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Evaluating Media and Identifying Fallacies

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Hi, I need assistance with the following assignment. I am not too sure where to begin.
Assignment: Visit the Top 10 Crazy Political Commentators from following website:
<://www.askmen.com/top_10/celebrity/top-10-crazy-political-commentators_10.html> and select one of the videos to view or listen to. Unless you are hearing-impaired and need the written explanation to do the assignment, focus only on the video.

Take notes on the following:
- What evidence is used to support the claims that are made?
- What fallacies are present? (See attachment for list of fallacies)

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https://brainmass.com/english-language-and-literature/language/evaluating-media-and-identifying-fallacies-504552

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Hopefully this will get you started!

In the clip, "Bill O'Reilly tries to pick a fist fight", Bill O'Reilly is accusing an Obama aide of blocking "the shot" of O'Reilly and his television crew during a public appearance of the then-Senator Obama on the campaign trail in New Hampshire. Bill O'Reilly prefaces the clip by explaining that the aide was in clear "violation of the freedom of the press" so O'Reilly had "no choice, but to uphold the Constitution". In the scene, Bill O'Reilly is belligerent and demanding, swearing at the aide and calling out to Senator Obama.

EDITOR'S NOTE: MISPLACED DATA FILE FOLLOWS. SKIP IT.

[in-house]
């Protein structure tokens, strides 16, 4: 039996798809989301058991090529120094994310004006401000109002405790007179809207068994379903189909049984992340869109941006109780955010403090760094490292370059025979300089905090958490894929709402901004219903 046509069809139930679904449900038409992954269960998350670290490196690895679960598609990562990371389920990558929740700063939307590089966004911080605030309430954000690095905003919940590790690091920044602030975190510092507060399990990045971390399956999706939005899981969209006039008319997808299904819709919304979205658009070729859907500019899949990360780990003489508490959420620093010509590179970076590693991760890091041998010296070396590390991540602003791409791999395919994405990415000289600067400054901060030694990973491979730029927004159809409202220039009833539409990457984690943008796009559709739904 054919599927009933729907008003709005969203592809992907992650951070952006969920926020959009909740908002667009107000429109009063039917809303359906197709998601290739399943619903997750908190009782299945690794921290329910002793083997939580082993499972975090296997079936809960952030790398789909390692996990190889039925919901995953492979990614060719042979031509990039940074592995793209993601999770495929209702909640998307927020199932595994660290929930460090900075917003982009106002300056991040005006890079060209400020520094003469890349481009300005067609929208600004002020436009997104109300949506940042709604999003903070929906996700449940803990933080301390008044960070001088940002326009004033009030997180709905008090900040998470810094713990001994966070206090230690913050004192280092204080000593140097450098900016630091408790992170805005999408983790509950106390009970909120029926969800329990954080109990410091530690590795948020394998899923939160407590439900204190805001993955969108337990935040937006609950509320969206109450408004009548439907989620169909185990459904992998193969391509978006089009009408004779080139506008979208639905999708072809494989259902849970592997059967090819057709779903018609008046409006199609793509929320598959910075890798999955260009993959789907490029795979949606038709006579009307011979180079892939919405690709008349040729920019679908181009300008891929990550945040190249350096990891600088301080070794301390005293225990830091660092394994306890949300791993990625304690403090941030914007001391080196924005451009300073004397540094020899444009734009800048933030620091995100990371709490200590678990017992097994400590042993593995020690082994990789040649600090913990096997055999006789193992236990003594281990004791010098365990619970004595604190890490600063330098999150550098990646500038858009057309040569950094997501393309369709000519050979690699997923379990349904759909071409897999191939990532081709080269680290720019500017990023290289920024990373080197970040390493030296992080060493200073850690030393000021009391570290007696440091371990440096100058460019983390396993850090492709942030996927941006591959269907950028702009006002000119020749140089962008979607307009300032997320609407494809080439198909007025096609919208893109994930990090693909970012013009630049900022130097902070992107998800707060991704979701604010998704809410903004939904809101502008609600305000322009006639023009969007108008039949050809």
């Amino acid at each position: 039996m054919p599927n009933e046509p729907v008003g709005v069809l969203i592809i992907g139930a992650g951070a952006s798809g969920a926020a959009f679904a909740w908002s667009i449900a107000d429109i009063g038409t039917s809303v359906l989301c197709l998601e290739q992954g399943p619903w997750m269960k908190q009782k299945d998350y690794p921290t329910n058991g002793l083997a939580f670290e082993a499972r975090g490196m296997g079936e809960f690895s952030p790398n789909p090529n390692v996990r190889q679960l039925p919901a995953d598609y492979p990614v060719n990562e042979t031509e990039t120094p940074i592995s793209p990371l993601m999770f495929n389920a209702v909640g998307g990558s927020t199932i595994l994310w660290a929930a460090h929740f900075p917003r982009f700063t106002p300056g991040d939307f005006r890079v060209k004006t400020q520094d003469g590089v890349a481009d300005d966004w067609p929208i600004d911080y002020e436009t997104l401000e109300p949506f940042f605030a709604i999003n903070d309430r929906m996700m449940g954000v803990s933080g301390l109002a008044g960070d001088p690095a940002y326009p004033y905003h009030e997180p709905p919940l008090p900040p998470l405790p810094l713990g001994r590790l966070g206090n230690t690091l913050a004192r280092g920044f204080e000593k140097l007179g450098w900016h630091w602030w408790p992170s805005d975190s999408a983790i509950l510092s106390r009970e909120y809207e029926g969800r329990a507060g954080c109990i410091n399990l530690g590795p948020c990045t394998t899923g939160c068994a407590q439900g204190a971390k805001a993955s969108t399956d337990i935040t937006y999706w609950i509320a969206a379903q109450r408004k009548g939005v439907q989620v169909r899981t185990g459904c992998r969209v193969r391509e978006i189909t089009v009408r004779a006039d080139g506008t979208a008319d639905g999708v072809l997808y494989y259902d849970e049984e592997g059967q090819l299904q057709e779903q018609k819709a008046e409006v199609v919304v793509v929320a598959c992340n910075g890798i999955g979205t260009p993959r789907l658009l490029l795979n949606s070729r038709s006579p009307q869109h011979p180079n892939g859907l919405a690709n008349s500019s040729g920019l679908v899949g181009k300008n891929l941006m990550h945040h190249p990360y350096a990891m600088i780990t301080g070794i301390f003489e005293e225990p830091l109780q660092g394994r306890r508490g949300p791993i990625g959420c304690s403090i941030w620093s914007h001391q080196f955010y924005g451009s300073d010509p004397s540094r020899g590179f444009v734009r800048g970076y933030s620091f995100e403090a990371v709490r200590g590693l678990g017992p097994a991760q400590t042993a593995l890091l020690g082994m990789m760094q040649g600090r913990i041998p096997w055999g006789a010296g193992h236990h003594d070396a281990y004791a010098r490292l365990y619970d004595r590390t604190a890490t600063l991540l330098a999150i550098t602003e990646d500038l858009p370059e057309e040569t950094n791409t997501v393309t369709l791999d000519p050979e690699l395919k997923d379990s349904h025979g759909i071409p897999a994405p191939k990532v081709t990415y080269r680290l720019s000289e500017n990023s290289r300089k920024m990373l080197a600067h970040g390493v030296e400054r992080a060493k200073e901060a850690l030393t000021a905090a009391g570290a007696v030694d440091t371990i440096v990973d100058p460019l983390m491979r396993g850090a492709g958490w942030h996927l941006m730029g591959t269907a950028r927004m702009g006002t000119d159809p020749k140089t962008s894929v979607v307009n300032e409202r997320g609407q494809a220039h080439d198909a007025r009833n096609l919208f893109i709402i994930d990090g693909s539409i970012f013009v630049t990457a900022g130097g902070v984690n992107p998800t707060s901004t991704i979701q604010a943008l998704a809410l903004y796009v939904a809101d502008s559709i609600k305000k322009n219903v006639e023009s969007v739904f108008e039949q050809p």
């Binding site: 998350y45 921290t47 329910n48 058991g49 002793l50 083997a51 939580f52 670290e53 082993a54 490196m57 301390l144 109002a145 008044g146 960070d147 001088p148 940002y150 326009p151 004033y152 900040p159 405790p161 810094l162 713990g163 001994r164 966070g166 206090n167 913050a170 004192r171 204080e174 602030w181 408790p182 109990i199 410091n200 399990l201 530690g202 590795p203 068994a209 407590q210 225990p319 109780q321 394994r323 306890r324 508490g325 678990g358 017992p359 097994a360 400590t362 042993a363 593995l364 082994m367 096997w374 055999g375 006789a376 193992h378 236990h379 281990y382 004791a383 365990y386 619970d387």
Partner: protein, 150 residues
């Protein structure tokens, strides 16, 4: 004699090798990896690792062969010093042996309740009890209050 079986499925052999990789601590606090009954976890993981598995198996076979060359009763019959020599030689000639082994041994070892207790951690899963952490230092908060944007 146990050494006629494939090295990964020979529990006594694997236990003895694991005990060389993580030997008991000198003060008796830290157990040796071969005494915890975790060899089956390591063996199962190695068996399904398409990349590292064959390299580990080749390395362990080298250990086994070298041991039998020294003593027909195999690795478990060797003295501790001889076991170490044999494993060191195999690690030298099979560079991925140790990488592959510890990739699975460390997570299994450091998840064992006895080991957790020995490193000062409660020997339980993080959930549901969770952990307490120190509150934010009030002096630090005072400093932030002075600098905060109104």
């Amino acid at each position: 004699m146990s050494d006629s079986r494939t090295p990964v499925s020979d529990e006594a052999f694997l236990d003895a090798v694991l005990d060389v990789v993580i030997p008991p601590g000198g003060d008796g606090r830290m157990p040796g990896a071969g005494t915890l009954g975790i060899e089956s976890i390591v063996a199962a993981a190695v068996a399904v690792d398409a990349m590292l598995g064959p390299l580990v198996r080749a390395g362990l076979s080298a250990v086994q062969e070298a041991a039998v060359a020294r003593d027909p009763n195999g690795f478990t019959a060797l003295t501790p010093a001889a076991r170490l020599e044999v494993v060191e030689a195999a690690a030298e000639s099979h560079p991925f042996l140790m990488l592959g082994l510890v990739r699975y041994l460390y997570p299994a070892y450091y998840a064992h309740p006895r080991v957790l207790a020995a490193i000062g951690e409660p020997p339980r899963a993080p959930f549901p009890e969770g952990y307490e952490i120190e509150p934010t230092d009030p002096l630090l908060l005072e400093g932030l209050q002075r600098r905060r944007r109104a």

O'Reilly uses camera footage to support his claim, showing the back of the aide, along with O'Reilly's voice in ...

Solution Summary

This solution views a political commentator and comments on what claims are made, the evidence presented, and if fallacies are present.

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Critical Thinking about Fallacies

Fallacies are everywhere. They can be so common that they hide from even the savviest reader. Ideally, now that you've familiarized yourself with the common fallacy types, you will be able to think of applications in your own life. For this log, reflect upon a recent encounter you had - this could be with a person, a text, or a piece of media. Did you encounter any fallacies? If you believe that you might have, but you can't assign a specific name to the behavior that you witnessed, do your best to describe what went wrong. If these common fallacies don't quite fit, the exercise of finding fallacious logic still has merit.

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